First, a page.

The Posse Foundation: Implementing a Growth Strategy Net Present Value (NPV) / MBA Resources

Introduction to Net Present Value (NPV) - What is Net Present Value (NPV) ? How it impacts financial decisions regarding project management?

NPV solution for The Posse Foundation: Implementing a Growth Strategy case study

At Oak Spring University, we provide corporate level professional Net Present Value (NPV) case study solution. The Posse Foundation: Implementing a Growth Strategy case study is a Harvard Business School (HBR) case study written by Stacey Childress, Andrea Alexander. The The Posse Foundation: Implementing a Growth Strategy (referred as “Posse Colleges” from here on) case study provides evaluation & decision scenario in field of Innovation & Entrepreneurship. It also touches upon business topics such as - Value proposition, Growth strategy, Joint ventures, Social enterprise, Social responsibility.

The net present value (NPV) of an investment proposal is the present value of the proposal’s net cash flows less the proposal’s initial cash outflow. If a project’s NPV is greater than or equal to zero, the project should be accepted.

NPV = Present Value of Future Cash Flows LESS Project’s Initial Investment

Case Description of The Posse Foundation: Implementing a Growth Strategy Case Study

To maximize their effectiveness, color cases should be printed in color.The Posse Foundation selected high-potential, non-traditional students to attend selective colleges as part of a group of 10 from the same city. The organization had developed an ambitious growth plan, but because it focused on the most selective colleges, the pool of available university partners was somewhat limited. Some members of Posse's board wondered if the organization should broaden the criteria for potential partner colleges in order to more quickly grow the number of students it served. If Posse defined its impact as helping as many non-traditional students as possible enter and graduate from college, expanding the list of acceptable partners might make sense. But CEO Deborah Bial believed that selective colleges provided posse scholars with more than just superior career opportunities - they were a gateway to influential leadership positions and powerful networks. If Posse defined its impact as changing the demographic makeup of the leadership of professions such as law, business, medicine, and education, then perhaps it should continue to target only the most selective colleges. The case provides an opportunity for readers in the CEO's shoes and weigh the consequences of each approach.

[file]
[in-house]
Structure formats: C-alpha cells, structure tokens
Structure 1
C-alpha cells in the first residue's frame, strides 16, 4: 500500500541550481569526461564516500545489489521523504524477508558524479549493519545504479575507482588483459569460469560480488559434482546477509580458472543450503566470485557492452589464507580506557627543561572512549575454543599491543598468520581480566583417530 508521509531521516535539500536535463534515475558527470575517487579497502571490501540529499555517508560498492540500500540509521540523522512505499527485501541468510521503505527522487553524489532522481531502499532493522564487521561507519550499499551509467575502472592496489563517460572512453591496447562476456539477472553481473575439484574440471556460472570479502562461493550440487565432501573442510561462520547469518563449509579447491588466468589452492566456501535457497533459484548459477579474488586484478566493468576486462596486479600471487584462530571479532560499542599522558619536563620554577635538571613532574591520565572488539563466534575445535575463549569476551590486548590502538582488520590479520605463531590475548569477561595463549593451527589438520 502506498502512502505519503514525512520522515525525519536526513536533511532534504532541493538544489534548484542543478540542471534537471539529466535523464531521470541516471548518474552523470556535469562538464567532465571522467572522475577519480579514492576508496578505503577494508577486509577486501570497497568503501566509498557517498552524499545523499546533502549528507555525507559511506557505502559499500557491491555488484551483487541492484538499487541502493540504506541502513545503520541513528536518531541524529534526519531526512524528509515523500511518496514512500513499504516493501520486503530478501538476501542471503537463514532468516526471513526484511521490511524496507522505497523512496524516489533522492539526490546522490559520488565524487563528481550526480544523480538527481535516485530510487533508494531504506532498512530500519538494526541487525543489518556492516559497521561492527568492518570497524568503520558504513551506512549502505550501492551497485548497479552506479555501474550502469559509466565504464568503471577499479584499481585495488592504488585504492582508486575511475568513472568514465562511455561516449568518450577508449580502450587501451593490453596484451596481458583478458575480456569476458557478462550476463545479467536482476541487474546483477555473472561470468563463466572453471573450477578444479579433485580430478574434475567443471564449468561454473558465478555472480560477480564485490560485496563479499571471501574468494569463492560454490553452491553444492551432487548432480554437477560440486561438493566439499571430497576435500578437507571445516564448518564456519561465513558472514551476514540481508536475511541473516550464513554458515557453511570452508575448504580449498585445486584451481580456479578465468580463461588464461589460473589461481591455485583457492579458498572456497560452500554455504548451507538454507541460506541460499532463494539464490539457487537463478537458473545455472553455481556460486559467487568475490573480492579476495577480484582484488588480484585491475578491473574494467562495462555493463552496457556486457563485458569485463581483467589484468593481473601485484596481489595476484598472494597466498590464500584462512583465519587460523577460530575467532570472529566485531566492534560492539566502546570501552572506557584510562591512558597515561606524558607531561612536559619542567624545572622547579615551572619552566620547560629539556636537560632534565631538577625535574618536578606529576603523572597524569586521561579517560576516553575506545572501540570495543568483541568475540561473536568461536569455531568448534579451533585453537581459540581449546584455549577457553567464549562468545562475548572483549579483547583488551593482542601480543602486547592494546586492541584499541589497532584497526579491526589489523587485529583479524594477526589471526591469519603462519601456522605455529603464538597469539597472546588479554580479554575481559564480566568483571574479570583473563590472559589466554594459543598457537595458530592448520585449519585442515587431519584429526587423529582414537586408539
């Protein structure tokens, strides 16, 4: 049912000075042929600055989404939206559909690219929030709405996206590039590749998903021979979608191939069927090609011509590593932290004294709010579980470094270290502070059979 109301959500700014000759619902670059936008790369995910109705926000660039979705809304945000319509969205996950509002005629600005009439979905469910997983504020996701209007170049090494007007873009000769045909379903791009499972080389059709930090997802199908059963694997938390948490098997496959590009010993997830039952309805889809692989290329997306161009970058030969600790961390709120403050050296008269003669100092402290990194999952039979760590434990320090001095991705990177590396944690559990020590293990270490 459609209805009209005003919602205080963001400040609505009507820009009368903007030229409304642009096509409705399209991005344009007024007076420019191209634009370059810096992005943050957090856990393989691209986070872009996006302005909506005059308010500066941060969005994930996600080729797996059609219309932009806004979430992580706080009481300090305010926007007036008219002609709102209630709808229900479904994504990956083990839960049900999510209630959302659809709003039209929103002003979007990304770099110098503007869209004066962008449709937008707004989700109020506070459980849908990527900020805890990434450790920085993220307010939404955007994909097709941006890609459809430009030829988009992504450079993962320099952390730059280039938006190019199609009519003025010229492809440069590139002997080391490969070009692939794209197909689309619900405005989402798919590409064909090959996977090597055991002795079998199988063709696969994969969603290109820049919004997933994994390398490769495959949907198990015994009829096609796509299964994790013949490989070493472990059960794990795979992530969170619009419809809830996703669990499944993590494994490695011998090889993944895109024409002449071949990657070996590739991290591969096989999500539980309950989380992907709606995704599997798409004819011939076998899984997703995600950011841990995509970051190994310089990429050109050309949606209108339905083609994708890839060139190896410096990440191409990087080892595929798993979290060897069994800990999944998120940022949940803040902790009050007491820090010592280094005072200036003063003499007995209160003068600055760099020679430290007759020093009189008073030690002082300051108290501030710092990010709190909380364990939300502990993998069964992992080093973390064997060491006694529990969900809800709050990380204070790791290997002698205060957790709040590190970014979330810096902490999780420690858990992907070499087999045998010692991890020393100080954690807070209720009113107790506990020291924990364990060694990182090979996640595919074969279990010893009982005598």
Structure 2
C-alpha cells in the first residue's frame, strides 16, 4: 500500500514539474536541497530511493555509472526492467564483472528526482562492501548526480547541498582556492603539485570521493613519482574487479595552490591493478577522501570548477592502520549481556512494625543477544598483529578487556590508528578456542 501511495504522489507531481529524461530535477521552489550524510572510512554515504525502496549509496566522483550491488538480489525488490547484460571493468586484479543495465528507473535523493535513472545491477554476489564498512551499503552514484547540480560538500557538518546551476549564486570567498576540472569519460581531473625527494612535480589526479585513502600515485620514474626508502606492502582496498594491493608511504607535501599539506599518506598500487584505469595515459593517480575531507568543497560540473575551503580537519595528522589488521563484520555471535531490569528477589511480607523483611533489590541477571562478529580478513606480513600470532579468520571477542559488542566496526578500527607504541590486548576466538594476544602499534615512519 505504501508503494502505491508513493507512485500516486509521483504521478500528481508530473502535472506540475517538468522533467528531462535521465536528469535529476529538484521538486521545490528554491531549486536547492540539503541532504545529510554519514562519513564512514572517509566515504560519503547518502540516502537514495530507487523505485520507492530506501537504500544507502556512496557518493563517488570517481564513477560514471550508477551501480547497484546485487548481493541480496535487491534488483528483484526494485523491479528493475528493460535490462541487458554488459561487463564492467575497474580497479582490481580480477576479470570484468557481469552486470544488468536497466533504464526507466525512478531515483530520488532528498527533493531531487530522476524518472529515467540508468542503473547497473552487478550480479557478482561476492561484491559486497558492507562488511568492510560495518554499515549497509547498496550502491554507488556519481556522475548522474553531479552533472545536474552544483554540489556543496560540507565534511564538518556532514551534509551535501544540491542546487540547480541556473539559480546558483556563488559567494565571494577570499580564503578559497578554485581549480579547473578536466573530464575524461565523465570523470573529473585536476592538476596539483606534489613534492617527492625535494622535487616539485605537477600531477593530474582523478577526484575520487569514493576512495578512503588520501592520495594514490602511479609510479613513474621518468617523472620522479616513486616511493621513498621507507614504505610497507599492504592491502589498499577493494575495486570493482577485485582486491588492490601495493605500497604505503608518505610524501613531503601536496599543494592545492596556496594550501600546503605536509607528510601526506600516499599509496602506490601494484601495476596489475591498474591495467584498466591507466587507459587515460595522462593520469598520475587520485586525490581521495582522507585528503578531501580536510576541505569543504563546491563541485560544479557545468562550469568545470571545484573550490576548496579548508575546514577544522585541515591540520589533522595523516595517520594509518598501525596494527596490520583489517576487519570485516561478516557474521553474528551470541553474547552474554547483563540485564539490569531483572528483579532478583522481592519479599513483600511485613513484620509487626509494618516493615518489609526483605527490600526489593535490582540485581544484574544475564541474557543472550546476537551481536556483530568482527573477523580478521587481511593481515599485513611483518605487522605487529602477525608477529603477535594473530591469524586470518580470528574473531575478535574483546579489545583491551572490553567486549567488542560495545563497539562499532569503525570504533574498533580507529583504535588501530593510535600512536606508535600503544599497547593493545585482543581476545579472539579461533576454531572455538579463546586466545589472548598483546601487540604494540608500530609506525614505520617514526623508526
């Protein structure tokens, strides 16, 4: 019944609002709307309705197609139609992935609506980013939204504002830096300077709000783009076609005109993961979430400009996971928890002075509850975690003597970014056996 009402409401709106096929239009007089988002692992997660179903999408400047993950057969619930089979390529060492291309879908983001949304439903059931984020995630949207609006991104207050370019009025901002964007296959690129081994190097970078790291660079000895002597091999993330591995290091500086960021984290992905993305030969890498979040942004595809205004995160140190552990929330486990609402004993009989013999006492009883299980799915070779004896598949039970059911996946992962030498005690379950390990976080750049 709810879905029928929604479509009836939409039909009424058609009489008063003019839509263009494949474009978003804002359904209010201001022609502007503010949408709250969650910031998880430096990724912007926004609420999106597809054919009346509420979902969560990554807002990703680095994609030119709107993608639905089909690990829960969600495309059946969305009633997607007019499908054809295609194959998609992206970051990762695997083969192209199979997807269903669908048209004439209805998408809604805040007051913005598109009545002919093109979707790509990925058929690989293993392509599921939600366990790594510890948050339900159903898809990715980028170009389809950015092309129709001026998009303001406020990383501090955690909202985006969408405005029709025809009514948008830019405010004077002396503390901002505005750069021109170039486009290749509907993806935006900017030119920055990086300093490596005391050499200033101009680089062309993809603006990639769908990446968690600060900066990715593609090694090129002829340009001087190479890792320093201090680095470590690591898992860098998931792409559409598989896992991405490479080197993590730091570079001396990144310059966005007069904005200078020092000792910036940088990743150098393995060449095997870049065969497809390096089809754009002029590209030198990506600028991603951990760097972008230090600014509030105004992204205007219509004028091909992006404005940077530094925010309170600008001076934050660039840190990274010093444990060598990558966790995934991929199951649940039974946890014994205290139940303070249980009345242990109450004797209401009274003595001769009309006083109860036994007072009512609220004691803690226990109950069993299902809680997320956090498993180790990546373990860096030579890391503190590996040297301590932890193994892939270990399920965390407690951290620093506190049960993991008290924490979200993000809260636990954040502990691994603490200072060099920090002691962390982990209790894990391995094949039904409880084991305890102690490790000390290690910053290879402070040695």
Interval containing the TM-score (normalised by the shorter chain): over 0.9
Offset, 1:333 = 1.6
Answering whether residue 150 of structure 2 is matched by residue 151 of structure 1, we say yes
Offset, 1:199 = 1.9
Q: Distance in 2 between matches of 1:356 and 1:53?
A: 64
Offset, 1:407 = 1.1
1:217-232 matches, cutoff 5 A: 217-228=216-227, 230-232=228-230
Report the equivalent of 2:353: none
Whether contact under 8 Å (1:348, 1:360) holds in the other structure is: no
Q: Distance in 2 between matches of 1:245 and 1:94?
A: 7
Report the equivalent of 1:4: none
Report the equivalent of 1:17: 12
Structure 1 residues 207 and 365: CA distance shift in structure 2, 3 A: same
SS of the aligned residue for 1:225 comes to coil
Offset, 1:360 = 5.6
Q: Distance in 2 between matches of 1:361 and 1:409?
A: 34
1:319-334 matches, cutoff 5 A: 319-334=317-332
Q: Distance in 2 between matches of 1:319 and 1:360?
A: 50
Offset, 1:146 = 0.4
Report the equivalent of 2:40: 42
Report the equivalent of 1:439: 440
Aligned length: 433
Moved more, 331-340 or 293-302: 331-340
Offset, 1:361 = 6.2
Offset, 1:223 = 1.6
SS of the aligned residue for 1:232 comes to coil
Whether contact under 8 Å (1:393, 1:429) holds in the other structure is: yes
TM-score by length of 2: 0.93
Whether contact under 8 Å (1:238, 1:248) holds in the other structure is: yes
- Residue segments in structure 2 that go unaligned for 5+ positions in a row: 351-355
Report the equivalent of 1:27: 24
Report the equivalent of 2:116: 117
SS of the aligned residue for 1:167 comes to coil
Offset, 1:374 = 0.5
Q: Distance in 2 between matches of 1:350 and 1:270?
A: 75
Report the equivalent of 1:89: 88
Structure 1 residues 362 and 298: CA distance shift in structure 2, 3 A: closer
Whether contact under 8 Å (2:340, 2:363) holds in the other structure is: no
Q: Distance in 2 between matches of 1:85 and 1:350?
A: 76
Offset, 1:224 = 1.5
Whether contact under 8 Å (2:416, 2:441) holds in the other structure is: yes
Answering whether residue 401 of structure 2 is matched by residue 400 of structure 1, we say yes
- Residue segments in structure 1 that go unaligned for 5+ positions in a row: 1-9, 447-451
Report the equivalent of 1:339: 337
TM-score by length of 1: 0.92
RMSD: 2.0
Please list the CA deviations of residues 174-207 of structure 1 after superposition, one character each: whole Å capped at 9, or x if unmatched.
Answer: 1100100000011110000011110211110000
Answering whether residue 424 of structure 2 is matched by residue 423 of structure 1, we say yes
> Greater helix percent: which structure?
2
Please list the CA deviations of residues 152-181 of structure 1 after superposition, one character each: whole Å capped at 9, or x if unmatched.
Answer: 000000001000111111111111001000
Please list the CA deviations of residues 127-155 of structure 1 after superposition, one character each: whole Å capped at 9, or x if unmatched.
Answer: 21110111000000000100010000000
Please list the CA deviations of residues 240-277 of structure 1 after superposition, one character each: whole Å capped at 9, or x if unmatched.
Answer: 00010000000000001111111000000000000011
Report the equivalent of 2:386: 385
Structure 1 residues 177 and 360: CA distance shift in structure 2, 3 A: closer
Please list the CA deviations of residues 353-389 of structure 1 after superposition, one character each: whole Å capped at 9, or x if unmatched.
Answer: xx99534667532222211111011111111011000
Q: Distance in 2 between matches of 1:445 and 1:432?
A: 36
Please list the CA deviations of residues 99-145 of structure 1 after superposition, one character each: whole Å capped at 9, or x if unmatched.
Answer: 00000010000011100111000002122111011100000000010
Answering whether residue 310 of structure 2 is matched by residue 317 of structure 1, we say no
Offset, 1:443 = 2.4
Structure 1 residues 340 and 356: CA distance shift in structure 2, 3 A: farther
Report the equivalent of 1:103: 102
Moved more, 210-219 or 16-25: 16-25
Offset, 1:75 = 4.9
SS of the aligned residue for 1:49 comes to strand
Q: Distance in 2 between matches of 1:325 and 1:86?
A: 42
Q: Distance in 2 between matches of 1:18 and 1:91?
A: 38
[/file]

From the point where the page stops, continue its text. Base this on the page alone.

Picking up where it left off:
Case Authors : Stacey Childress, Andrea Alexander

Topic : Innovation & Entrepreneurship

Related Areas : Growth strategy, Joint ventures, Social enterprise, Social responsibility

Calculating Net Present Value (NPV) at 6% for The Posse Foundation: Implementing a Growth Strategy Case Study

Years              Cash Flow     Net Cash Flow     Cumulative    
Cash Flow
Discount Rate
@ 6 %
Cash Flows
Year 0 (10020610) -10020610 - -
Year 1 3469558 -6551052 3469558 0.9434 3273168
Year 2 3959510 -2591542 7429068 0.89 3523950
Year 3 3950475 1358933 11379543 0.8396 3316895
Year 4 3242819 4601752 14622362 0.7921 2568616
TOTAL 14622362 12682629

The Net Present Value at 6% discount rate is 2662019

In isolation the NPV number doesn't mean much but put in right context then it is one of the best method to evaluate project returns. In this article we will cover -

Different methods of capital budgeting

What is NPV & Formula of NPV,
How it is calculated,
How to use NPV number for project evaluation, and
Scenario Planning given risks and management priorities.

Capital Budgeting Approaches

Methods of Capital Budgeting

There are four types of capital budgeting techniques that are widely used in the corporate world –

1. Net Present Value
2. Internal Rate of Return
3. Payback Period
4. Profitability Index

Apart from the Payback period method which is an additive method, rest of the methods are based on Discounted Cash Flow technique. Even though cash flow can be calculated based on the nature of the project, for the simplicity of the article we are assuming that all the expected cash flows are realized at the end of the year.

Discounted Cash Flow approaches provide a more objective basis for evaluating and selecting investment projects. They take into consideration both –

1. Magnitude of both incoming and outgoing cash flows – Projects can be capital intensive, time intensive, or both. Posse Colleges shareholders have preference for diversified projects investment rather than prospective high income from a single capital intensive project.
2. Timing of the expected cash flows – stockholders of Posse Colleges have higher preference for cash returns over 4-5 years rather than 10-15 years given the nature of the volatility in the industry.

Formula and Steps to Calculate Net Present Value (NPV) of The Posse Foundation: Implementing a Growth Strategy

NPV = Net Cash In Flowt1 / (1+r)t1 + Net Cash In Flowt2 / (1+r)t2 + … Net Cash In Flowtn / (1+r)tn
Less Net Cash Out Flowt0 / (1+r)t0

Where t = time period, in this case year 1, year 2 and so on.